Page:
Everyday is like Thursday
The observation that the days of the week have lost all meaning is hardly a unique one. The repetition of eat, sleep, work in lockdown has only emphasised the Groundhog Day nature of my life. This is particularly true of work. I am currently wading my way through the writing/thumbnail stage of a new project.
They don’t look like much but they are a vital phase in the making of a book. The words and scribbled drawings are placeholders for the final pages but the hundreds of small choices I make now will dictate if the book will work in its completed form. It’s hard on the ol’ noggin.
It should hardly be news to me, a grizzled veteran of over a dozen books, that making a graphic novel is a lot of work and yet I am continually surprised by how much work it is. Several months into this part of the process and, not being a patient person by nature, I am frustrated by just how long it takes to sketch out even the rudiments of a page or a scene, never mind an entire story.
It doesn’t help that when I am writing I can’t listen to podcasts, my usual method of creating the illusion I share my creative space with friends. The friends might have a worrying obsession with examining murders in grisly detail or discussing baffingly obscure subjects I have no interest in, but I prefer planning the perfect murder/Scottish Presbytarianism to my tinnitus.
I also find music with a beat or lyrics too much of a distraction when I am struggling to put one word next to another. This does rather limit what I can listen to when working. Fortunately I have found the perfect soundtrack to lure my easily distracted brain into a creative groove. Every day of the week is now Thursday Afternoon. The Brian Eno album is a Schrödinger’s cat of music. It is both there and not there depending on my mood. A soothing lava lamp of amorphous sounds without a destination or desire to call attention to itself. It pootles along in the background on an endless loop without an obvious beginning, middle or end. Truly the soundtrack for our times.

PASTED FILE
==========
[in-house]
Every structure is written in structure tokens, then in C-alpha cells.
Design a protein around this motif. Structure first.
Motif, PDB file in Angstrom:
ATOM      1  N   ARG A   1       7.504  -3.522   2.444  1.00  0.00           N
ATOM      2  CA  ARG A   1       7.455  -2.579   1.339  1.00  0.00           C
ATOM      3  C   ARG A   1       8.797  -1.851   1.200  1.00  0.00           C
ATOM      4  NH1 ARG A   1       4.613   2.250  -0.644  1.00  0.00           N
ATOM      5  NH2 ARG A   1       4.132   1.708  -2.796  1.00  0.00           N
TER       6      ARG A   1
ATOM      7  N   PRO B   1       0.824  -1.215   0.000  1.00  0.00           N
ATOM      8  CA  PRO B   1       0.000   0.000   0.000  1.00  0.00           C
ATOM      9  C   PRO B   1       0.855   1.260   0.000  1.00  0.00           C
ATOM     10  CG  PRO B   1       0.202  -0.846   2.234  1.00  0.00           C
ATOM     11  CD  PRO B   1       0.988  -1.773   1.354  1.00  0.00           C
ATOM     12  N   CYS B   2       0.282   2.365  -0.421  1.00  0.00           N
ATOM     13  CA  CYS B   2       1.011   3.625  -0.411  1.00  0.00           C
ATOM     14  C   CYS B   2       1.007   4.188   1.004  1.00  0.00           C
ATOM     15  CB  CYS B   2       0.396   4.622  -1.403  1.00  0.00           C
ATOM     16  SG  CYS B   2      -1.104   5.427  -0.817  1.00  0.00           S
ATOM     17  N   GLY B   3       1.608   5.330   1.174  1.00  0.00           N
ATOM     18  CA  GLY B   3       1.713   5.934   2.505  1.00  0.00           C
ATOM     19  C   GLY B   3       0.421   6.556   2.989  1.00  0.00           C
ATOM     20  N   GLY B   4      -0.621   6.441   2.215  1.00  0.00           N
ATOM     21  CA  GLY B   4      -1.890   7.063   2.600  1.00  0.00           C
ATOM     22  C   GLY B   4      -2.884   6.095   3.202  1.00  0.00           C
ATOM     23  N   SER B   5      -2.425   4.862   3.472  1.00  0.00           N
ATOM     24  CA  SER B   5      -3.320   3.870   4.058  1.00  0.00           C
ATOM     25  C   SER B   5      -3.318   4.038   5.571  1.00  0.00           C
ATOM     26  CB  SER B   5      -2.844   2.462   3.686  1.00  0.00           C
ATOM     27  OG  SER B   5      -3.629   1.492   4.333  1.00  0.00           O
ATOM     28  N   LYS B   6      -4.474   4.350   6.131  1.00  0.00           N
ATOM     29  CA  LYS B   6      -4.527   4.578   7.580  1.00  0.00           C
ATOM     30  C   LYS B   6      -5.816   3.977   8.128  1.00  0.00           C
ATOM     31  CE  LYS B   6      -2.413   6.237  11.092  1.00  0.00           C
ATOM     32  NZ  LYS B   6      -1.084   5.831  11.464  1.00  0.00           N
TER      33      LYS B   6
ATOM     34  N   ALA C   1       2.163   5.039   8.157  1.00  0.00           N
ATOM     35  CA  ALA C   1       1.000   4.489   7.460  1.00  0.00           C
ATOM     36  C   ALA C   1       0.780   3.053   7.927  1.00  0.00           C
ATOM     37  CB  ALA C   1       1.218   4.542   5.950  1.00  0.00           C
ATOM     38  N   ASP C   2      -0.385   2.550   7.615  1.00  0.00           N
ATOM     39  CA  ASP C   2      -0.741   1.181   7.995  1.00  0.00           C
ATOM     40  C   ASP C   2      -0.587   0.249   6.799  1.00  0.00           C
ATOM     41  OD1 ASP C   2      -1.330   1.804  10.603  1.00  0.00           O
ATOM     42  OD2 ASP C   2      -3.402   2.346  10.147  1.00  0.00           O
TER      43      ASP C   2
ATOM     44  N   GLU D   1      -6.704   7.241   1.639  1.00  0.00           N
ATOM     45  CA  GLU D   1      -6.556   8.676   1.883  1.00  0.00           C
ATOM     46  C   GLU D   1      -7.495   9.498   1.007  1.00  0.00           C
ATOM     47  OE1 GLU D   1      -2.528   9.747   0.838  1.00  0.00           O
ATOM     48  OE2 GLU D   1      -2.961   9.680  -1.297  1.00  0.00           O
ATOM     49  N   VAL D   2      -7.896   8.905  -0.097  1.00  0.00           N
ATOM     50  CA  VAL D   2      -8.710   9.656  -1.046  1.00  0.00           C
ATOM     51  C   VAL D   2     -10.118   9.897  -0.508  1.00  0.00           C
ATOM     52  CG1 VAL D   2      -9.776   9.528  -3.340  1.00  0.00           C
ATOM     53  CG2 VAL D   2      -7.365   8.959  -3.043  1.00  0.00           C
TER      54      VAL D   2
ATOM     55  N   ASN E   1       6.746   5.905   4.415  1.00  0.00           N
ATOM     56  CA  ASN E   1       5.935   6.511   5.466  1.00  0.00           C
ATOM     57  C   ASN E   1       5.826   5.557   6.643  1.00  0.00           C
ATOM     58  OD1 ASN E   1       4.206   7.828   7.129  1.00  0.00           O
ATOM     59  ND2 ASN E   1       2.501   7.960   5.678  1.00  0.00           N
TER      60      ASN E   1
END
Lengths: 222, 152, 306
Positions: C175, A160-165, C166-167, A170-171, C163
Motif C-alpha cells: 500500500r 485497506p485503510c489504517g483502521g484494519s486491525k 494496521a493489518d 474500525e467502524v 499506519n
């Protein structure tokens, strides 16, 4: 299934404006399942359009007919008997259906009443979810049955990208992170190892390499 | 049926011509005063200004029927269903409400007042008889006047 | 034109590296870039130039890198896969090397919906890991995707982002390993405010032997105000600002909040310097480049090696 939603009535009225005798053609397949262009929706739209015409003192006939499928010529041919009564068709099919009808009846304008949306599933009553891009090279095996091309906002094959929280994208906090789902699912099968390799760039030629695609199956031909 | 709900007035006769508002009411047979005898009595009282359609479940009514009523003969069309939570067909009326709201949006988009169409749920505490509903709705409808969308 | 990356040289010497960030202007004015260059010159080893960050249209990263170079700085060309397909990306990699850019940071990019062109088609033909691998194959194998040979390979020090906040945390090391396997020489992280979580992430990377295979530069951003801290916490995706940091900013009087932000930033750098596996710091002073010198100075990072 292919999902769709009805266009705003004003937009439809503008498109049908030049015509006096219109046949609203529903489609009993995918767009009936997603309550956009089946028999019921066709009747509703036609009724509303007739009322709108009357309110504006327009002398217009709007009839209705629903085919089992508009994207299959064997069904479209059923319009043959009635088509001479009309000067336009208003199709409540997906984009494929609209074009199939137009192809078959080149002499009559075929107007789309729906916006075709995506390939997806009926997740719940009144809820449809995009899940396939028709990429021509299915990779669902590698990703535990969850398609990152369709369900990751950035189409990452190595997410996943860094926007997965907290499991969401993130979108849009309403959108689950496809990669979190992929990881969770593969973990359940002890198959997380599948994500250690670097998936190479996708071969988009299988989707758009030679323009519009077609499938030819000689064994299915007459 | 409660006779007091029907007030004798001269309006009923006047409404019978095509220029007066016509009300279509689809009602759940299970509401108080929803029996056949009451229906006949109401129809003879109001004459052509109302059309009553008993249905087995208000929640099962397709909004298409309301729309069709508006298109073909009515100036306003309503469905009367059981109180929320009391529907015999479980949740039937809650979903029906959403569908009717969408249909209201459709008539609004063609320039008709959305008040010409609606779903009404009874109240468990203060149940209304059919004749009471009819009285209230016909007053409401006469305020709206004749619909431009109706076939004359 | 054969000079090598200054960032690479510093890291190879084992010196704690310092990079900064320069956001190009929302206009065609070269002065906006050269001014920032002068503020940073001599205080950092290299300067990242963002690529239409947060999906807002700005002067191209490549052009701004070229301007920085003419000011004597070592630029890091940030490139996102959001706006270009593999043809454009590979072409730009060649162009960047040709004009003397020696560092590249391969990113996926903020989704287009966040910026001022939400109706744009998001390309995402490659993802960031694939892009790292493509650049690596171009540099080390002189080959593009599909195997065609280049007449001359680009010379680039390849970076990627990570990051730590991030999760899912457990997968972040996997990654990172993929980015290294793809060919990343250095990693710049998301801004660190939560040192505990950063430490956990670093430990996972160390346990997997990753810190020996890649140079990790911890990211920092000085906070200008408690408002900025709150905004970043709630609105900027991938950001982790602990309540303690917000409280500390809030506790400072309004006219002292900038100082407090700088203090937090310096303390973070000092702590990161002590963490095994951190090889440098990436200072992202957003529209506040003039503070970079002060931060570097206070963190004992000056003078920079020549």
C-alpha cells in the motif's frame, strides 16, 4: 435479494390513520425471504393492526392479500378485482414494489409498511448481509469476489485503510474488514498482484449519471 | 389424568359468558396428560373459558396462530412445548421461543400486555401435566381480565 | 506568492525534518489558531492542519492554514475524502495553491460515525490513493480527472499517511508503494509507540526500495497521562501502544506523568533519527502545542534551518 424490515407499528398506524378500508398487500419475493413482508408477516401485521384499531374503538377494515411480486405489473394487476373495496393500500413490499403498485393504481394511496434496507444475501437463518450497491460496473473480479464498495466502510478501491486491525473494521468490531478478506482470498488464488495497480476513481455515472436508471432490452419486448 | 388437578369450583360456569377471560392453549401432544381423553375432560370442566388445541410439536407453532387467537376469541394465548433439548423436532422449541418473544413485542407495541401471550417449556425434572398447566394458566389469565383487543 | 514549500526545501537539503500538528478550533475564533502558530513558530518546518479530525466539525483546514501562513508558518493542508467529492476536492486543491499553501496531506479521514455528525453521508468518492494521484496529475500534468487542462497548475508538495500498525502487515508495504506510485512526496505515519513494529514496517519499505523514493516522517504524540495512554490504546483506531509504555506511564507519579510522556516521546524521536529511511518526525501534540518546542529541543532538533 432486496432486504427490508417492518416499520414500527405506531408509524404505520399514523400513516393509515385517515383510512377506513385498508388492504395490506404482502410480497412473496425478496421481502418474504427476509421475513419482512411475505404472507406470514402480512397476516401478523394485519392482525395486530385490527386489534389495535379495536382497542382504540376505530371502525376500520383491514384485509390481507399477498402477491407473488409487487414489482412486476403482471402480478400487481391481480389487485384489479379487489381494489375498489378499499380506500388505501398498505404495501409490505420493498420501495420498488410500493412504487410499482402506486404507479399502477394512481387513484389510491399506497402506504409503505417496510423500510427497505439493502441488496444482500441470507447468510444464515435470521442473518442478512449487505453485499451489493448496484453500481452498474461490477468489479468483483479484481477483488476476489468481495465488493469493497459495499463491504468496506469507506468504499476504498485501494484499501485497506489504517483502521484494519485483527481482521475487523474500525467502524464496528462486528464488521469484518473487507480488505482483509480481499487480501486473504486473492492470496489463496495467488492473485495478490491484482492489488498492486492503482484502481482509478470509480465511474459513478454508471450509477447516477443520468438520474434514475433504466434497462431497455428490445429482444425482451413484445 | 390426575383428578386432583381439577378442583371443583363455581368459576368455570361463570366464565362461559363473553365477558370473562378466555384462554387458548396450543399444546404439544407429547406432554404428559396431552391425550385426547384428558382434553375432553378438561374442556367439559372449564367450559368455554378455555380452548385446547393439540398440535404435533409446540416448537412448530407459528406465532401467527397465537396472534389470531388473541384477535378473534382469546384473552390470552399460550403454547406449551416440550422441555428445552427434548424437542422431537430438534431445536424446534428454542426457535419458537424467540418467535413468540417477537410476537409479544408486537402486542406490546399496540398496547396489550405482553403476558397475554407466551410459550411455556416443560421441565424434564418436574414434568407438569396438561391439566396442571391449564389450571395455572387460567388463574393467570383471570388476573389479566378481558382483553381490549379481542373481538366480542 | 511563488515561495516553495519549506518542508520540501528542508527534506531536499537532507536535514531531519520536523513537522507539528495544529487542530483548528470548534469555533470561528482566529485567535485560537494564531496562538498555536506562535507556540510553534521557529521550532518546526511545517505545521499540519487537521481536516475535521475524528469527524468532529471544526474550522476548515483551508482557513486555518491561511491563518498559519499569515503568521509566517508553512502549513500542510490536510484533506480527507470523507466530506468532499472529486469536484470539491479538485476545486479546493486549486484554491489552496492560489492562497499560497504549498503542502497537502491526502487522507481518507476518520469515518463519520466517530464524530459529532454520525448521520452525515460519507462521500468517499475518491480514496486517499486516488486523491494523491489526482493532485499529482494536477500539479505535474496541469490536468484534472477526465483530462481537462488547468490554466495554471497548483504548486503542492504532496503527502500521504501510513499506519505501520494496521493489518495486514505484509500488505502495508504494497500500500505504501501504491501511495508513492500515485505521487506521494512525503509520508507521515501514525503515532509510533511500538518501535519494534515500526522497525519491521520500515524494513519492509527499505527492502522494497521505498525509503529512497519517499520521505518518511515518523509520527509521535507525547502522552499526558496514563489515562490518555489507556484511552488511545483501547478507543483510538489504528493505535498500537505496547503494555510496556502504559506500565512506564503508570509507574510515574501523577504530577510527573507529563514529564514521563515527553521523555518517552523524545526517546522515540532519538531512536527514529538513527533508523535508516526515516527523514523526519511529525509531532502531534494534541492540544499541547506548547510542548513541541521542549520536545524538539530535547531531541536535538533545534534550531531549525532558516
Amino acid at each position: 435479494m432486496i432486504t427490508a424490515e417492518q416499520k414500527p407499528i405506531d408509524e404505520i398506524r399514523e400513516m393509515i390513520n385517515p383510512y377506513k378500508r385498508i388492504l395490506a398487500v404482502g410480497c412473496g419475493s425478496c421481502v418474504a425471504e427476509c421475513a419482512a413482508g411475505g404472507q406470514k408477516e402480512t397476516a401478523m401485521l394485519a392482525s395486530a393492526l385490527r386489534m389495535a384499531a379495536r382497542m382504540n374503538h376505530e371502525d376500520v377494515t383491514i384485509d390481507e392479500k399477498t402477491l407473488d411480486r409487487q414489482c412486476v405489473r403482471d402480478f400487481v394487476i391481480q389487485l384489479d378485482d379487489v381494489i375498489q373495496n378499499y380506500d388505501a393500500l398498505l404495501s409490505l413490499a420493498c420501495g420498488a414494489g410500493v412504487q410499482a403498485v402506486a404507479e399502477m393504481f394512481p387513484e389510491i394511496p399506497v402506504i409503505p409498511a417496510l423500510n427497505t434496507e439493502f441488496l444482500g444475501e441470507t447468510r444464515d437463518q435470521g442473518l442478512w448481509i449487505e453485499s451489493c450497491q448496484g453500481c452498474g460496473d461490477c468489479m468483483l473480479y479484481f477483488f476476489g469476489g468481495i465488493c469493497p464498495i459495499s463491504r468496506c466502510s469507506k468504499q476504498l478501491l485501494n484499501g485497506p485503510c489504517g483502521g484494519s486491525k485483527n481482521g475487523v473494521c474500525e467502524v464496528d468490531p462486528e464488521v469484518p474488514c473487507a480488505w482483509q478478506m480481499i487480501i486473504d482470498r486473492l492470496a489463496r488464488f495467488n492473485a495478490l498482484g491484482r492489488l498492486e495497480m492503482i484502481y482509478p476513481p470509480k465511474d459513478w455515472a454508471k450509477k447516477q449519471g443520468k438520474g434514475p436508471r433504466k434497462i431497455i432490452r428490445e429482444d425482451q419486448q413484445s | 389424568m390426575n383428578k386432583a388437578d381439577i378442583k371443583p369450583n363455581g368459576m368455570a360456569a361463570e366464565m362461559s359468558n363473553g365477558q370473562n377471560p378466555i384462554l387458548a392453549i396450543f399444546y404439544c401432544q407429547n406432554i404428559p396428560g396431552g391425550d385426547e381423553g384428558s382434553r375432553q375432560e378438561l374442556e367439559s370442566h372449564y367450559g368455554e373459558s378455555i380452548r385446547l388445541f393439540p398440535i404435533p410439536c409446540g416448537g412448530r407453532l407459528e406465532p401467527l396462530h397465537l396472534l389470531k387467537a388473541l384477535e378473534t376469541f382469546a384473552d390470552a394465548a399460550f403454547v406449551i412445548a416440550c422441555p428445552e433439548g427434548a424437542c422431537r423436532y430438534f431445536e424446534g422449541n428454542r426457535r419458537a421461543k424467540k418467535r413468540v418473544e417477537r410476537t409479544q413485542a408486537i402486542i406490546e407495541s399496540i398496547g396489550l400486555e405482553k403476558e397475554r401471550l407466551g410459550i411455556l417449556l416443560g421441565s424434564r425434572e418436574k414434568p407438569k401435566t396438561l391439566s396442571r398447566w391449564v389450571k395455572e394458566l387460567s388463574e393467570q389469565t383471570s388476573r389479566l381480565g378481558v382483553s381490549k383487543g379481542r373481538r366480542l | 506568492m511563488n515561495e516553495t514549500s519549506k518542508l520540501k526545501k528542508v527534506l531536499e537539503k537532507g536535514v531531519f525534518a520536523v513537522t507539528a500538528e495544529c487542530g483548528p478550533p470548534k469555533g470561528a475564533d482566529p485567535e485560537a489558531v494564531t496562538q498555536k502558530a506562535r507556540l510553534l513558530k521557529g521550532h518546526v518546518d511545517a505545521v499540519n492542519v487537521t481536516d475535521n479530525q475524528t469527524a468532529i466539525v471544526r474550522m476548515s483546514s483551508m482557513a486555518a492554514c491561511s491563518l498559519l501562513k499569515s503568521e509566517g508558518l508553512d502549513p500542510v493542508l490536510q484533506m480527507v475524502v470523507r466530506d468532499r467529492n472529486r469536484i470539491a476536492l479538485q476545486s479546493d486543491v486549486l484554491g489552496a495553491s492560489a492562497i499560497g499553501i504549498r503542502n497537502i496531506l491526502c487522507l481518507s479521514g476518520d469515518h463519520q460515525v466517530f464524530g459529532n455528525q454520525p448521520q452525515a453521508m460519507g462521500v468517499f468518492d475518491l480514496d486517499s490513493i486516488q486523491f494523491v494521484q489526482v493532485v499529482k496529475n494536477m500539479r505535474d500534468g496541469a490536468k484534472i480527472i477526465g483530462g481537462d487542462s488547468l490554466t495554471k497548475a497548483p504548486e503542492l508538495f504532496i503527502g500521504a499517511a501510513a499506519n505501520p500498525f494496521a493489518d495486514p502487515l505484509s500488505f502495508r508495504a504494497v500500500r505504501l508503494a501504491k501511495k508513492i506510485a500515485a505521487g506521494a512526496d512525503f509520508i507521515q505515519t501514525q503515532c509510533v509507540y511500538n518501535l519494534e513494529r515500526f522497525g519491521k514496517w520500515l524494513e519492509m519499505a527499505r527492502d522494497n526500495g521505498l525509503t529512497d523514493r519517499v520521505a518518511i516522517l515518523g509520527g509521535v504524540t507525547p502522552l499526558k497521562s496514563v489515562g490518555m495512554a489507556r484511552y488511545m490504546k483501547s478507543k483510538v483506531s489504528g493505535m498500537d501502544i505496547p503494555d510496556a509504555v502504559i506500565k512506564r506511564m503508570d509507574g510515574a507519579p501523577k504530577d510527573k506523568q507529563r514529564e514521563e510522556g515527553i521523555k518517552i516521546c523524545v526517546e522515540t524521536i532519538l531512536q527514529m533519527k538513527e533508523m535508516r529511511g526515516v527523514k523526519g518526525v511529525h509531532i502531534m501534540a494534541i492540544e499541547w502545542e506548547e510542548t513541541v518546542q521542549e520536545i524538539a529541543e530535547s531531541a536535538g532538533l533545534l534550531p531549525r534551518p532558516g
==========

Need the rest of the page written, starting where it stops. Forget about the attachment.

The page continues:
However, these endless Thursday’s have been interrupted by real ones of late. I had my first jab a few Thursday’s ago and Phil had hers the Thursday after. I even got a sticker. A reminder that time does not stand still outside the confines of my studio. The clocks have gone forward and restrictions are beginning to ease while I’ve been fretting over my thumbnails.
Only yesterday there was a queue to get into the garden centre and I noticed the car park of the local driving range was full to the gunnels. Not only can you now smack a ball into the far distance with a stick but you can play a round of FootGolf, “an exciting mix of football and golf”. FootGolf sounds utterly stupid and yet, considering how 2021 has been so far, it could also be the most thrilling Thursday afternoon of my life.